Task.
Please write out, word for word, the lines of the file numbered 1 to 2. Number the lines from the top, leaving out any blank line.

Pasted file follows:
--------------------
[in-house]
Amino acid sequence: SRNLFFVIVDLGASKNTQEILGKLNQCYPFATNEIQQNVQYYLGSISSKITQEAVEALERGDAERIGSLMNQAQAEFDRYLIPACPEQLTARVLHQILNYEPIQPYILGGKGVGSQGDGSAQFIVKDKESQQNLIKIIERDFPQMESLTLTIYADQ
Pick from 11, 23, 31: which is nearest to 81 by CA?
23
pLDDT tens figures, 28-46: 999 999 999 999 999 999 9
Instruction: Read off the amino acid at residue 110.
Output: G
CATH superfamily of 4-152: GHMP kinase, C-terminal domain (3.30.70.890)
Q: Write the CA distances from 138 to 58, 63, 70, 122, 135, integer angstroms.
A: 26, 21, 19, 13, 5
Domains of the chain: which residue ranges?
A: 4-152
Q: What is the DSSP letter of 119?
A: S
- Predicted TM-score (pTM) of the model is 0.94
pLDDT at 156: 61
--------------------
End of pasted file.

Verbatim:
[in-house]
Amino acid sequence: SRNLFFVIVDLGASKNTQEILGKLNQCYPFATNEIQQNVQYYLGSISSKITQEAVEALERGDAERIGSLMNQAQAEFDRYLIPACPEQLTARVLHQILNYEPIQPYILGGKGVGSQGDGSAQFIVKDKESQQNLIKIIERDFPQMESLTLTIYADQ